To be continued along with discussion of more facets of the elk management controversy.

Originally posted at Pennsylvania Wildlife Photographer by Willard Hill.

Tuesday, October 4, 2011

Pennsylvania Elk Rut 2011-Part 1

I arrived  in Pennsylvania's elk country on the afternoon of September 18th, and returned home after the morning's activity on Friday September 30th. Weather conditions were less than ideal, but rutting activity and photo/filming opportunities were outstanding.  At one time I preferred bright, sunny weather for photography, but now I like to do a substantial amount of photography  and filming in weather which has "character".  Video is especially effective when it is raining or snowing as the falling precipitation contributes to the "wild" look of the scene. As usual, there was a lot of fog at times, but this too can result in dramatic photographs as long as it is not so thick as to obscure the subject.

Early Morning Fog Adds Atmosphere To Photos And Video
Distant Herd Bull And Harem
The warm weather was actually the biggest problem as rutting activity decreases during warm periods and there were some evenings that were very disappointing.  I recall one in particular where several bulls arrived at the Gilbert viewing area, only to lie down and do little except bugle intermittently until it was too dark for good photographs.  I actually do not have many good photographs from this trip as I concentrated on video and neglected to take stills in many cases.  I am currently in the process of rough editing and archiving the video from this trip and have almost completed that which was taken with the Canon XL-H1 and  I am now about  to begin working with footage taken with the T3i.  Considering the amount and quality of video taken, this was one of the most outstanding trips to elk country I have ever had. 

Another important aspect of the trip is getting to touch base with a lot of people that one only gets to see once or twice a year and it is always good to meet blog readers and those that have seen the elk film.  In what is hopefully to be one of many meetings, Richard Coy organized a gathering and picnic at the old Benezette School pavilion on Saturday September 24th for those that discuss the Pennsylvania elk herd on Facebook. He called it "Elk Rut Shoot 2011".  After the afternoon picnic, several members of the group went to the popular viewing areas on Dewey Road for an evening of elk photography.  I already knew several of the attendees, but it was good to actually meet the others I only knew as online personalities from Facebook or the blog,. .  In the past few years I  have met many people face to face that I have corresponded with in comments on the blog, e-mails, and Facebook postings and in most if not all cases, I find them to be exactly as one expects them to be.  Most that are interested in serious wildlife photography are truly good people and this shows through in their writing and when one meets them.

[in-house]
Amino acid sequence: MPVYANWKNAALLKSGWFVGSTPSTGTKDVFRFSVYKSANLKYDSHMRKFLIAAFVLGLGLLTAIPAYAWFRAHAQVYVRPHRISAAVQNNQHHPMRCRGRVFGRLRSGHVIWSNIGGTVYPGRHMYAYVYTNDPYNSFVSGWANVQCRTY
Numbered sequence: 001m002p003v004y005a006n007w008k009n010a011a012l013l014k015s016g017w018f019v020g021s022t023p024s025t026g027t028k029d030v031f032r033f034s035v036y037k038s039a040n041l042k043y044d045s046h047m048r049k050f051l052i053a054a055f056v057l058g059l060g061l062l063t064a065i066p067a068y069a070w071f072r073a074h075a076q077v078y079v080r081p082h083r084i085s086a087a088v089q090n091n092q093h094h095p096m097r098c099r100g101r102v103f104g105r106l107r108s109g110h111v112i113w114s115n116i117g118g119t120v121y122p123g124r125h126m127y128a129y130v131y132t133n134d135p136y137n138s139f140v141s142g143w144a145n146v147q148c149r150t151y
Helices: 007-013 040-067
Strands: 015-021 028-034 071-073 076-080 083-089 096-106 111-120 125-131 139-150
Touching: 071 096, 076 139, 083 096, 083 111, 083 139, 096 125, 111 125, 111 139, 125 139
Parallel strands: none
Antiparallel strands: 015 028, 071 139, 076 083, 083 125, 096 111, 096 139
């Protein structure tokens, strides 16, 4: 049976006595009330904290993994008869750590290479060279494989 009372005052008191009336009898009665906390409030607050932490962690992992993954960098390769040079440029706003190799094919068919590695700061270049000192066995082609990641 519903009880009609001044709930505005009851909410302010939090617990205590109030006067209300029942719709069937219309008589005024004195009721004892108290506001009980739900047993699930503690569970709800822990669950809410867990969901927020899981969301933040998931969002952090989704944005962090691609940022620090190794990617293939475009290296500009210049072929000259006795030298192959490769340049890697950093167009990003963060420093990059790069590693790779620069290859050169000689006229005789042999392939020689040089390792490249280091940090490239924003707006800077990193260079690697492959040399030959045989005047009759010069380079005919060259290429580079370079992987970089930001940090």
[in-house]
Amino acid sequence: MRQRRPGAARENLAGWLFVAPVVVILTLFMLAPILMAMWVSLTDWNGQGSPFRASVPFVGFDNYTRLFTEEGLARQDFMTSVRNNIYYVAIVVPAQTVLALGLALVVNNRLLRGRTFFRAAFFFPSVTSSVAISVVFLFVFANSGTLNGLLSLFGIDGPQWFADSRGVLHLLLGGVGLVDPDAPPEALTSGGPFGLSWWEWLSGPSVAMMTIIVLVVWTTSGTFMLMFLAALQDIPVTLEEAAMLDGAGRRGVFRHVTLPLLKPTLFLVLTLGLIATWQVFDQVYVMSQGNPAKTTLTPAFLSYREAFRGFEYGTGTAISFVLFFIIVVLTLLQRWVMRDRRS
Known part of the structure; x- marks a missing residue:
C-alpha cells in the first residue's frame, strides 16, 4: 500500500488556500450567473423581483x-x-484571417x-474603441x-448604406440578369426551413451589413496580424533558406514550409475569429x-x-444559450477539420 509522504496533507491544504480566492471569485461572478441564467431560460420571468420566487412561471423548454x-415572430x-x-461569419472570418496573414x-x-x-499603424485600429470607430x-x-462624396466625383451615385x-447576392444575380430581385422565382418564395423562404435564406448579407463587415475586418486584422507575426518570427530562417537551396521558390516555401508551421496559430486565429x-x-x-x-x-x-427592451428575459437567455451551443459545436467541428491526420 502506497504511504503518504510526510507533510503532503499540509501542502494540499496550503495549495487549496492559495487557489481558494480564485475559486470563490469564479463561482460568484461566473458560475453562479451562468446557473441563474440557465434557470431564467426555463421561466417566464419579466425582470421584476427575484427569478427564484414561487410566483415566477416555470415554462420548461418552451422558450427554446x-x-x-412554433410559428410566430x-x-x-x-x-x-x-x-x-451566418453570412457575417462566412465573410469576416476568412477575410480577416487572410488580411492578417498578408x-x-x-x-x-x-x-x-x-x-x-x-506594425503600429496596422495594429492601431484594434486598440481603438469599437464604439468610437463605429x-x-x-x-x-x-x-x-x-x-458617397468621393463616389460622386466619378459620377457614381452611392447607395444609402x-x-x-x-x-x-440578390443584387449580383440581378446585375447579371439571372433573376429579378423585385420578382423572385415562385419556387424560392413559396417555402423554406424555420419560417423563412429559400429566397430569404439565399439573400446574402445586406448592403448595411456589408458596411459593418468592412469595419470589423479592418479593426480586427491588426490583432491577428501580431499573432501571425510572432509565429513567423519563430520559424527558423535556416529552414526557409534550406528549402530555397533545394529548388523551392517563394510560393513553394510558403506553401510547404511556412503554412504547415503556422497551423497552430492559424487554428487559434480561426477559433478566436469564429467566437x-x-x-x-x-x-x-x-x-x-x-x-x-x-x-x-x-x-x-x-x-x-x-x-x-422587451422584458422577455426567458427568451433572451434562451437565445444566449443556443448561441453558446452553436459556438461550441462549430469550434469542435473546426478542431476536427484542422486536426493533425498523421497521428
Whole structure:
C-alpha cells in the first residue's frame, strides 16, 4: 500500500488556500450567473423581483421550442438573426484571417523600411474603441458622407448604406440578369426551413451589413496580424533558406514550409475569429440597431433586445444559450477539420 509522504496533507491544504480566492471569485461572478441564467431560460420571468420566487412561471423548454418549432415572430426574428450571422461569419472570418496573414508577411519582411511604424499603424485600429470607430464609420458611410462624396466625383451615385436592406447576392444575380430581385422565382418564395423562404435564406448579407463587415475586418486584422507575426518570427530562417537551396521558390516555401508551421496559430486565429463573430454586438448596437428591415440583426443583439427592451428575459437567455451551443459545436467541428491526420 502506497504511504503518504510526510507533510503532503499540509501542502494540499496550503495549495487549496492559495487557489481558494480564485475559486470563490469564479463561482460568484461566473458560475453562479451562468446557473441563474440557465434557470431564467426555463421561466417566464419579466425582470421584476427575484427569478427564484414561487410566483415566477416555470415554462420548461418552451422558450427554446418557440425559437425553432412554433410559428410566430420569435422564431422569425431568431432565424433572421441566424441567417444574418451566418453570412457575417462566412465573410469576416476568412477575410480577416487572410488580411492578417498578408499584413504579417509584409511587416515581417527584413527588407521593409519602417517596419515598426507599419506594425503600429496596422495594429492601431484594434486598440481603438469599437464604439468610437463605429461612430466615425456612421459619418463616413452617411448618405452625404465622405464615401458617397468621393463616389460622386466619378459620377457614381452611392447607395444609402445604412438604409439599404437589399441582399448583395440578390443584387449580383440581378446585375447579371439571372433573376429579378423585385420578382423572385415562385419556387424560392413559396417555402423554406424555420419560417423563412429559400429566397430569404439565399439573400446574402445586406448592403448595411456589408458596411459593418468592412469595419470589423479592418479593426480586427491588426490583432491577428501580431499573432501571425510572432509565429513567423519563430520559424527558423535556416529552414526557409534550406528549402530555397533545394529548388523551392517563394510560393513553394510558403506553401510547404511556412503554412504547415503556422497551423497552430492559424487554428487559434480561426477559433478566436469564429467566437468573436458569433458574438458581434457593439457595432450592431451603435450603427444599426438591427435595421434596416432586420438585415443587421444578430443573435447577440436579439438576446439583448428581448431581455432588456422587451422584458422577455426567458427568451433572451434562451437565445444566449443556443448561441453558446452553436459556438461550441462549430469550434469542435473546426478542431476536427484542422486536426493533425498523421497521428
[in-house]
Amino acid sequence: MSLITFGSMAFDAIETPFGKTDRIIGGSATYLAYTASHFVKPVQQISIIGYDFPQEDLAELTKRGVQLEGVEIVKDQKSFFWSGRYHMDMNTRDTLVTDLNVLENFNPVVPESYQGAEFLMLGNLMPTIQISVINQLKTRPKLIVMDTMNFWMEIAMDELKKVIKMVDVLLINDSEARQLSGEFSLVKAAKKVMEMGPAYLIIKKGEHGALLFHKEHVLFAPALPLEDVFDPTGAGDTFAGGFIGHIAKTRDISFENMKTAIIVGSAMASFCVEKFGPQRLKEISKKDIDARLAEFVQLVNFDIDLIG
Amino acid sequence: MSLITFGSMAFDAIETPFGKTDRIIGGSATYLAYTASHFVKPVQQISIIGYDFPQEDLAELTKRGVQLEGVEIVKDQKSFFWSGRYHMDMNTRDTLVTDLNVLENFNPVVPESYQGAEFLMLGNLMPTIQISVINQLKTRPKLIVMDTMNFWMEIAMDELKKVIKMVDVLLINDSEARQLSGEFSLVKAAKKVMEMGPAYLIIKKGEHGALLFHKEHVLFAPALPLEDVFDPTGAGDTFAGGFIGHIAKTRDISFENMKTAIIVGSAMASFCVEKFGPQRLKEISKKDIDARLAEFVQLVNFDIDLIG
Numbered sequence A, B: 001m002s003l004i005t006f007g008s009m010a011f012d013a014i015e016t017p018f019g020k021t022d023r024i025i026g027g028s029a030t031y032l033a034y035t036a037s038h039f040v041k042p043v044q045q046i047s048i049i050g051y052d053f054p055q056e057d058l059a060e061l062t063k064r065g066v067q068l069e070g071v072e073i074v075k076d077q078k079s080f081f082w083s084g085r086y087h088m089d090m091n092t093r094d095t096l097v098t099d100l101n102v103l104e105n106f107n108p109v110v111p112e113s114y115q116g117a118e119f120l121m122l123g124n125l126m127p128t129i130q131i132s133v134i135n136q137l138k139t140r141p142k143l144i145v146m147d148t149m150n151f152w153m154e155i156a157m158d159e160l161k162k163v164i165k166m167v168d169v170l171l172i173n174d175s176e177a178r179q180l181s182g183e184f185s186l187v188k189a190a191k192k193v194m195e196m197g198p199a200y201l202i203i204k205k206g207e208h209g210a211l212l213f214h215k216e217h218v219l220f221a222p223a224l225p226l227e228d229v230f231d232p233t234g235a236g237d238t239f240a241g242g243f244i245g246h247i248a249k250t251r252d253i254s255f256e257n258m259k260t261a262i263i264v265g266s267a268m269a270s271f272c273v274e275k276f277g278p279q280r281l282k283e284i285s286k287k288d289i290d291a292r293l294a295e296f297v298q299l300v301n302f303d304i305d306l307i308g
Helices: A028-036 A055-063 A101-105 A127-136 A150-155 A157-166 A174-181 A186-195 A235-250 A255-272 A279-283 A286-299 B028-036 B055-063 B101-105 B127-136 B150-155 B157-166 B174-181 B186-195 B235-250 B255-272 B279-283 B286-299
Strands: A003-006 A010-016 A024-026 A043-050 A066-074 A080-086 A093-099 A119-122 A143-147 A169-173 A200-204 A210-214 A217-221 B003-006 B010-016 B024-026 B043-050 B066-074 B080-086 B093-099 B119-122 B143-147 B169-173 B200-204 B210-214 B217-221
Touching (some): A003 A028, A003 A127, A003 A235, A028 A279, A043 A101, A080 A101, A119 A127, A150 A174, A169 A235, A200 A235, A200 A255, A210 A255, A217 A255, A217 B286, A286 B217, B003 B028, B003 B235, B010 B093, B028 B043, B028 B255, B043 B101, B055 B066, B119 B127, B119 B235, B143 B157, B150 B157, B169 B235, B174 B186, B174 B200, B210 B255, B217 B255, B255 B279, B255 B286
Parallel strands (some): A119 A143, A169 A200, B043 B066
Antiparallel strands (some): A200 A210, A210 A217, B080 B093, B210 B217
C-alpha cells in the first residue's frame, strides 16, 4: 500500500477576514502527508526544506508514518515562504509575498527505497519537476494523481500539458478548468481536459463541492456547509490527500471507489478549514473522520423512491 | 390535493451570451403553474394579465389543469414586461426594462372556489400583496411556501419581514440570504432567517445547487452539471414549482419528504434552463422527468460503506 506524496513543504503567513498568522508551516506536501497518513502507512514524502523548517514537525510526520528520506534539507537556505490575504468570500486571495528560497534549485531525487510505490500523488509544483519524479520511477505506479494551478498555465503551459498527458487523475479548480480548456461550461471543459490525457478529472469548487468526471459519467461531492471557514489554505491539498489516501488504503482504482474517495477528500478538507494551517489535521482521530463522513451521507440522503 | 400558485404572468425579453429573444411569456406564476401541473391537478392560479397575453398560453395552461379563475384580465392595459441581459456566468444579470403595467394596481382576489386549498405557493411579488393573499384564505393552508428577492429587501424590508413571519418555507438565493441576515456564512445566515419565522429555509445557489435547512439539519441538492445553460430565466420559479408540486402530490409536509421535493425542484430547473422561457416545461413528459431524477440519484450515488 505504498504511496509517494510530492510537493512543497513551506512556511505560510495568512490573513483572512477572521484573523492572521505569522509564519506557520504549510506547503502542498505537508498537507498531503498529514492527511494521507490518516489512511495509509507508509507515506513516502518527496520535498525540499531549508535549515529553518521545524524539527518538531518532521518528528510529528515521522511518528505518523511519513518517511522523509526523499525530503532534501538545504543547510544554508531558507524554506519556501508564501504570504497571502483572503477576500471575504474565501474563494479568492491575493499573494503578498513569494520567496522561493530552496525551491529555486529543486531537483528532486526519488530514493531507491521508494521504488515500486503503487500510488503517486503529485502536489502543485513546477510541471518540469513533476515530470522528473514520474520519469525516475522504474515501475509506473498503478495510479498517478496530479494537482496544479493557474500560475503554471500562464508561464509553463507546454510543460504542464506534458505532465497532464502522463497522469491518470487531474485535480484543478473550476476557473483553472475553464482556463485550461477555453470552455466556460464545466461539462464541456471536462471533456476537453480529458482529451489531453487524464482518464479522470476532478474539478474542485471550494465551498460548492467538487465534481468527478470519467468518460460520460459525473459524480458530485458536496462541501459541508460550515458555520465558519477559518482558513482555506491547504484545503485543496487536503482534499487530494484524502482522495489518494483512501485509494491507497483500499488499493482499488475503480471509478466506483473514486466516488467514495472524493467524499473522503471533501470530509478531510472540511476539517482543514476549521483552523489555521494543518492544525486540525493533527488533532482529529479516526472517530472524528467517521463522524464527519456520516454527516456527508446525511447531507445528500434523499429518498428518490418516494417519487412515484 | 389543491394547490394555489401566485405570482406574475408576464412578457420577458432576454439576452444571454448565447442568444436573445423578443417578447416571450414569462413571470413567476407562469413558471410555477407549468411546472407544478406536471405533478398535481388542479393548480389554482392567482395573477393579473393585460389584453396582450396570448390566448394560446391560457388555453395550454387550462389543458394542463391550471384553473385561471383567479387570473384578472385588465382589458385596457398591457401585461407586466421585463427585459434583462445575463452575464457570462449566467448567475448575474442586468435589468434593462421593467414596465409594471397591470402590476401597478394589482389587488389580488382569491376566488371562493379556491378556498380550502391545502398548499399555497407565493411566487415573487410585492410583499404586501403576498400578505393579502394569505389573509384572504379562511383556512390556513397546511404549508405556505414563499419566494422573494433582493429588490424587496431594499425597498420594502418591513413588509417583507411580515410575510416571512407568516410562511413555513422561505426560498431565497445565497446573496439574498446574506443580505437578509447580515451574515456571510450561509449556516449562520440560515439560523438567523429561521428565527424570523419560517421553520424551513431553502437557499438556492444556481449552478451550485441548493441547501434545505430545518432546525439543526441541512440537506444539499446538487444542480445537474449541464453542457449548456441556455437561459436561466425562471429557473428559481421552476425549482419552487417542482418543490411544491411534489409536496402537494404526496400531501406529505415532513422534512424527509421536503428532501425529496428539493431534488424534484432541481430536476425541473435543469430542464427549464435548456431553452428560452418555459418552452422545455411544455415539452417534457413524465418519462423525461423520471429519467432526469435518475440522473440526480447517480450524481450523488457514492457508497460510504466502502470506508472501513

Pennsylvania Elk Rut Shoot 2011; Old  Benezette School
Photographers Meet In Elk Country: Paul Staniszewski, Odie Swartz, Ron Saffer, David Anderson, Randy Quinn
I thank all of those that have purchased "The Truth About Pennsylvania's Elk Herd" and that read the blog.  The video, which was released in the fall of 2008 continues to sell well and is still pertinent to most of the issues about elk management and the hunt today.  The PGC did eliminate the combined hunt zones, which did address one of the major concerns discussed in the film, but this year they  negated that by doubling the number of bull tags issued for Hunt Zones 2 and 8, which are immediately adjacent to the elk viewing areas, but that has been discussed in the past and will hopefully be a subject for future posts.

Originally posted at Pennsylvania Wildlife Photographer by Willard Hill.